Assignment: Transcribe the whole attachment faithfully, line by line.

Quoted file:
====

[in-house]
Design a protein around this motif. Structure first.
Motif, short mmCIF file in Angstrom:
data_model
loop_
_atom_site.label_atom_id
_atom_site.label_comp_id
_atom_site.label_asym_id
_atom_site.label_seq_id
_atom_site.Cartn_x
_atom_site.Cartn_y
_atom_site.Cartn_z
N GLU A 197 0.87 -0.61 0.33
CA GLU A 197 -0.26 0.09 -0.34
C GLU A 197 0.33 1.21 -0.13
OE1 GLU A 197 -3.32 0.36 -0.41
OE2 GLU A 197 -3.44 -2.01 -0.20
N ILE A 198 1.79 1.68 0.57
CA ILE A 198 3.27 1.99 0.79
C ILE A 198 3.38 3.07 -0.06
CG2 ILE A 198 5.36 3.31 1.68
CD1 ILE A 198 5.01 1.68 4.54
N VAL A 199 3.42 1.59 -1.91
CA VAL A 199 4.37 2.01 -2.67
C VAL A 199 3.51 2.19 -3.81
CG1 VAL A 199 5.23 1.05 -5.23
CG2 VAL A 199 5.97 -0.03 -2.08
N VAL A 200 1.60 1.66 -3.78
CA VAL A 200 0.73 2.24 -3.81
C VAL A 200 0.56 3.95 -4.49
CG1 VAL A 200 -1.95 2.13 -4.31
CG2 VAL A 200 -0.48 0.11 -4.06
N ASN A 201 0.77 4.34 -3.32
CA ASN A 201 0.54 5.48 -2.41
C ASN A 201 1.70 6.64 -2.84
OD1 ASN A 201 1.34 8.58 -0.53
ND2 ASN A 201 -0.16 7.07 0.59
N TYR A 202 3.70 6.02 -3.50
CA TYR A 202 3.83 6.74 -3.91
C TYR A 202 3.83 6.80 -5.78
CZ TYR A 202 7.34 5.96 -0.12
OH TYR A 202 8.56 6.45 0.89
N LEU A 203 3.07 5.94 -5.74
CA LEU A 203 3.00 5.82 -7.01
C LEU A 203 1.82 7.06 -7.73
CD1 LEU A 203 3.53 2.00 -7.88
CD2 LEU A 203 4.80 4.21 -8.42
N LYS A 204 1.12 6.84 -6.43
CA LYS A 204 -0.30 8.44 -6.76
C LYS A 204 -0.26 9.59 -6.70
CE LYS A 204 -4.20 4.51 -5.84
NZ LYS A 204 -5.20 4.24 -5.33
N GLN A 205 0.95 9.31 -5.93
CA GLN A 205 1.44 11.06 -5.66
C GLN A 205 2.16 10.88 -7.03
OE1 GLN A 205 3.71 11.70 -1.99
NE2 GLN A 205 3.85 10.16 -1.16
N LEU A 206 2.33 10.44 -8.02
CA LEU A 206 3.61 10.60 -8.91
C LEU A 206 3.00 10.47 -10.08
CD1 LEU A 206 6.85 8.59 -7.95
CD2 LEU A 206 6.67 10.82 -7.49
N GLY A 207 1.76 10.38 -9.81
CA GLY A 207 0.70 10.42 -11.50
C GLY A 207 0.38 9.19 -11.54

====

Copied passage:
[in-house]
Design a protein around this motif. Structure first.
Motif, short mmCIF file in Angstrom:
data_model
loop_
_atom_site.label_atom_id
_atom_site.label_comp_id
_atom_site.label_asym_id
_atom_site.label_seq_id
_atom_site.Cartn_x
_atom_site.Cartn_y
_atom_site.Cartn_z
N GLU A 197 0.87 -0.61 0.33
CA GLU A 197 -0.26 0.09 -0.34
C GLU A 197 0.33 1.21 -0.13
OE1 GLU A 197 -3.32 0.36 -0.41
OE2 GLU A 197 -3.44 -2.01 -0.20
N ILE A 198 1.79 1.68 0.57
CA ILE A 198 3.27 1.99 0.79
C ILE A 198 3.38 3.07 -0.06
CG2 ILE A 198 5.36 3.31 1.68
CD1 ILE A 198 5.01 1.68 4.54
N VAL A 199 3.42 1.59 -1.91
CA VAL A 199 4.37 2.01 -2.67
C VAL A 199 3.51 2.19 -3.81
CG1 VAL A 199 5.23 1.05 -5.23
CG2 VAL A 199 5.97 -0.03 -2.08
N VAL A 200 1.60 1.66 -3.78
CA VAL A 200 0.73 2.24 -3.81
C VAL A 200 0.56 3.95 -4.49
CG1 VAL A 200 -1.95 2.13 -4.31
CG2 VAL A 200 -0.48 0.11 -4.06
N ASN A 201 0.77 4.34 -3.32
CA ASN A 201 0.54 5.48 -2.41
C ASN A 201 1.70 6.64 -2.84
OD1 ASN A 201 1.34 8.58 -0.53
ND2 ASN A 201 -0.16 7.07 0.59
N TYR A 202 3.70 6.02 -3.50
CA TYR A 202 3.83 6.74 -3.91
C TYR A 202 3.83 6.80 -5.78
CZ TYR A 202 7.34 5.96 -0.12
OH TYR A 202 8.56 6.45 0.89
N LEU A 203 3.07 5.94 -5.74
CA LEU A 203 3.00 5.82 -7.01
C LEU A 203 1.82 7.06 -7.73
CD1 LEU A 203 3.53 2.00 -7.88
CD2 LEU A 203 4.80 4.21 -8.42
N LYS A 204 1.12 6.84 -6.43
CA LYS A 204 -0.30 8.44 -6.76
C LYS A 204 -0.26 9.59 -6.70
CE LYS A 204 -4.20 4.51 -5.84
NZ LYS A 204 -5.20 4.24 -5.33
N GLN A 205 0.95 9.31 -5.93
CA GLN A 205 1.44 11.06 -5.66
C GLN A 205 2.16 10.88 -7.03
OE1 GLN A 205 3.71 11.70 -1.99
NE2 GLN A 205 3.85 10.16 -1.16
N LEU A 206 2.33 10.44 -8.02
CA LEU A 206 3.61 10.60 -8.91
C LEU A 206 3.00 10.47 -10.08
CD1 LEU A 206 6.85 8.59 -7.95
CD2 LEU A 206 6.67 10.82 -7.49
N GLY A 207 1.76 10.38 -9.81
CA GLY A 207 0.70 10.42 -11.50
C GLY A 207 0.38 9.19 -11.54